29 CFR 525.10 - Prevailing wage rates.
(a) A prevailing wage rate is a wage rate that is paid to an experienced worker not disabled for the work to be performed. The Department recognizes that there may be more than one wage rate for a specific type of work in a given area. An employer must be able to demonstrate that the rate being used as prevailing for determining a commensurate wage was objectively determined according to the guidelines contained in this section.
(b) An employer whose work force primarily consists of nondisabled workers or who employs more than a token number of nondisabled workers doing similar work may use as the prevailing wage the wage rate paid to that employer's experienced nondisabled employees performing similar work. Where an agency places a worker or workers with disabilities on the premises of an employer described above, the wage paid to the employer's experienced workers may be used as prevailing.
(c) An employer whose work force primarily consists of workers disabled for the work to be performed may determine the prevailing wage by ascertaining the wage rates paid to the experienced nondisabled workers of other employers in the vicinity. Such data may be obtained by surveying comparable firms in the area that employ primarily nondisabled workers doing similar work. The firms surveyed must be representative of comparable firms in terms of wages paid to experienced workers doing similar work. The appropriate size of such a sample will depend on the number of firms doing similar work but should include no less than three firms unless there are fewer firms doing such work in the area. A comparable firm is one which is of similar size in terms of employees or which competes for or bids on contracts of a similar size or nature. Employers may contact other sources such as the Bureau of Labor Statistics or private or State employment services where surveys are not practical. If similar work cannot be found in the area defined by the geographic labor market, the closest comparable community may be used.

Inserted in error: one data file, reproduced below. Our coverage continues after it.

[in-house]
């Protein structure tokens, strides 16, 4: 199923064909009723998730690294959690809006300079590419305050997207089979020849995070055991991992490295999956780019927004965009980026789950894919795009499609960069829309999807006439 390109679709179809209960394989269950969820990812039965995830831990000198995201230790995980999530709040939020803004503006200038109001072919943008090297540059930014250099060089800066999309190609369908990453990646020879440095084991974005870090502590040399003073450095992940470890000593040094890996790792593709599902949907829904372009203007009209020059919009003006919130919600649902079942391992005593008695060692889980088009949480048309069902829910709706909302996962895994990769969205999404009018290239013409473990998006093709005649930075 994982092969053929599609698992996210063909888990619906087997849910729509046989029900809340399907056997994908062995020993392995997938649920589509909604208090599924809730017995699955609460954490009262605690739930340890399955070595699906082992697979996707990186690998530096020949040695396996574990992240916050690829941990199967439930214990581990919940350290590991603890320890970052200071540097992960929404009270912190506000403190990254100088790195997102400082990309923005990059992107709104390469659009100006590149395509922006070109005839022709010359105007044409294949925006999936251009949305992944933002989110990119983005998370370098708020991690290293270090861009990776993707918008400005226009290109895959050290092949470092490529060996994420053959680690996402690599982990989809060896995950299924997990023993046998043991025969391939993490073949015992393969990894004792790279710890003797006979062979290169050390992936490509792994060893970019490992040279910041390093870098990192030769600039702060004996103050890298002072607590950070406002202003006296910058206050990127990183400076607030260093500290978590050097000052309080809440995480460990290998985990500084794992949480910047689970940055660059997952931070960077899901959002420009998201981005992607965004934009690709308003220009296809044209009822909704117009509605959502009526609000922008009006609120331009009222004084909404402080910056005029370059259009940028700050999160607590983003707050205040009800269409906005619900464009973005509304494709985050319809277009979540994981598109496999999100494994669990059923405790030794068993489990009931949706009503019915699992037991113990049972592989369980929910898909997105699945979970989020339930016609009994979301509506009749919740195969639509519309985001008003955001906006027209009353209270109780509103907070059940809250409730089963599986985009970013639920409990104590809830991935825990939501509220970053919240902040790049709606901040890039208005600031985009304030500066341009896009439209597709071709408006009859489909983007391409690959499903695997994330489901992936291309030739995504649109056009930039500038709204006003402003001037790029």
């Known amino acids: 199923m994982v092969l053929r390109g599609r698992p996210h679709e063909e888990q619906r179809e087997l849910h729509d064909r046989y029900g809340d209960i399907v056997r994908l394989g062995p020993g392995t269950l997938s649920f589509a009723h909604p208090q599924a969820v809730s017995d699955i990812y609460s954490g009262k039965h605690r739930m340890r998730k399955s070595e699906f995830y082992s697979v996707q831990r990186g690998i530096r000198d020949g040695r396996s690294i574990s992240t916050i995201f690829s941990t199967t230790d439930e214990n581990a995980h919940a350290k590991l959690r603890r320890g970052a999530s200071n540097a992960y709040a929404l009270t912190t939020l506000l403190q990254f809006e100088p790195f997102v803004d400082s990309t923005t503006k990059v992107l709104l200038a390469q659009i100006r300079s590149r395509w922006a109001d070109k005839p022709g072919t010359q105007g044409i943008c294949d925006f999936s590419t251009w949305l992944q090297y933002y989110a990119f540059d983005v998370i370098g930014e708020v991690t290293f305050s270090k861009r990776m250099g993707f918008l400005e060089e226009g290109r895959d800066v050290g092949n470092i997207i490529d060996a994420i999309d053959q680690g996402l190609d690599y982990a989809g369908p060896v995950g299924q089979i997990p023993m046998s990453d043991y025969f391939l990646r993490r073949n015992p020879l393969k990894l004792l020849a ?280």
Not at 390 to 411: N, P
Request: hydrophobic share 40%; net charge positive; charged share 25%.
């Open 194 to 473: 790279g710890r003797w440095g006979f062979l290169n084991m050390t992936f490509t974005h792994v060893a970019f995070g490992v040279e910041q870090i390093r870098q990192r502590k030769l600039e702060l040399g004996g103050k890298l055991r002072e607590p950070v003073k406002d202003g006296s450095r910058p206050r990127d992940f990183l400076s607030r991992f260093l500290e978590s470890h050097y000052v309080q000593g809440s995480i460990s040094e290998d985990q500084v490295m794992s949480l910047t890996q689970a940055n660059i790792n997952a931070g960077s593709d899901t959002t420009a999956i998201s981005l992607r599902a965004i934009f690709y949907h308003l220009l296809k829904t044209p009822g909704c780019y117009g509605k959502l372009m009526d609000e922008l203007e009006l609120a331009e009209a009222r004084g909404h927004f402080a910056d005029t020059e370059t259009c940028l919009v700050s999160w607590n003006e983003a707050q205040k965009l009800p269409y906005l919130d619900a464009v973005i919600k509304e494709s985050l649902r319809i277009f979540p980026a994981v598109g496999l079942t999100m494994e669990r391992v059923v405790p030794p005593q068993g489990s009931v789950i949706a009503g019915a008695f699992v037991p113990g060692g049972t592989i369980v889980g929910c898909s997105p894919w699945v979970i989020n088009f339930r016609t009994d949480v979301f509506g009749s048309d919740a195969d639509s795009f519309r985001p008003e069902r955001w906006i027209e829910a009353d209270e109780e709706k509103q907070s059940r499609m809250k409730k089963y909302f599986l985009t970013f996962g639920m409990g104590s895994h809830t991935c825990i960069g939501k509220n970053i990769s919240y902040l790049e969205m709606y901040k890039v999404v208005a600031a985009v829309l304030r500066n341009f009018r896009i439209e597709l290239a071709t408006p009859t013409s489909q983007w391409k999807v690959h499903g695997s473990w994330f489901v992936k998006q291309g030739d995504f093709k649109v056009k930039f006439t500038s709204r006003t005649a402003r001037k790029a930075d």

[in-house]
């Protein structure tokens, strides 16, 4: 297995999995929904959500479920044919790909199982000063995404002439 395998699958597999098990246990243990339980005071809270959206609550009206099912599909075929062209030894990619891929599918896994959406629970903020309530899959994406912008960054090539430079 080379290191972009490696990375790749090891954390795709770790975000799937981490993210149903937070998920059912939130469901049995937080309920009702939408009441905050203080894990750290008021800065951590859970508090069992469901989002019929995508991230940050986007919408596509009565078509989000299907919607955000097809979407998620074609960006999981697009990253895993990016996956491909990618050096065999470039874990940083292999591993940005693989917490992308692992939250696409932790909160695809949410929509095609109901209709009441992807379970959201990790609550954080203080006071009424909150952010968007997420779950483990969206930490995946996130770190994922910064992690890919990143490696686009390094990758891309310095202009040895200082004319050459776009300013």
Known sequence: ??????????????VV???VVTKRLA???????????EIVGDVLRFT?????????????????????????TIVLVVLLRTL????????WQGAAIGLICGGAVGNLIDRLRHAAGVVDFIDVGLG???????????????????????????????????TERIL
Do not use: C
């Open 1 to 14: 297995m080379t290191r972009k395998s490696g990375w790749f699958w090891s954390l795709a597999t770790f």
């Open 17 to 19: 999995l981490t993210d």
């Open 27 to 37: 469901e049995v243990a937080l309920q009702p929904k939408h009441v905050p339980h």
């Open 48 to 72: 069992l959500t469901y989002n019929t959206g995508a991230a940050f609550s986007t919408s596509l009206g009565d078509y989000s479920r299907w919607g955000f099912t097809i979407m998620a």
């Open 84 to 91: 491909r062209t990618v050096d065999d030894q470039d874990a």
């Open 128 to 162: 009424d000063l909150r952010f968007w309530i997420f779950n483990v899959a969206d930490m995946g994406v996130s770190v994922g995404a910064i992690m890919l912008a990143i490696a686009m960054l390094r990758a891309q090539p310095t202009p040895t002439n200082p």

(d) The prevailing wage rate must be based upon the wage rate paid to experienced nondisabled workers as defined elsewhere in these regulations. Employment services which only provide entry level wage data are not acceptable as sources for prevailing wage information as required in these regulations.
(e) There is no prescribed method for tabulating the results of a prevailing wage survey. For example, either a weighted or unweighted average would be acceptable provided the employer is consistent in the methodology used.
(f) The prevailing wage must be based upon work utilizing similar methods and equipment. Where the employer is unable to obtain the prevailing wage for a specific job to be performed on the premises, such as collating documents, it would be acceptable to use as the prevailing wage the wage paid to experienced individuals employed in similar jobs such as file clerk or general office clerk, requiring the same general skill levels.
(g) The following information should be recorded in documenting the determination of prevailing wage rates:
(1) Date of contact with firm or other source;
(2) Name, address, and phone number of firm or other source contacted;
(3) Individual contacted within firm or source;
(4) Title of individual contacted;
(5) Wage rate information provided;
(6) Brief description of work for which wage information is provided;
(7) Basis for the conclusion that wage rate is not based upon an entry level position. (See also § 525.10(c).)
(h) A prevailing wage may not be less than the minimum wage specified in section 6(a) of FLSA.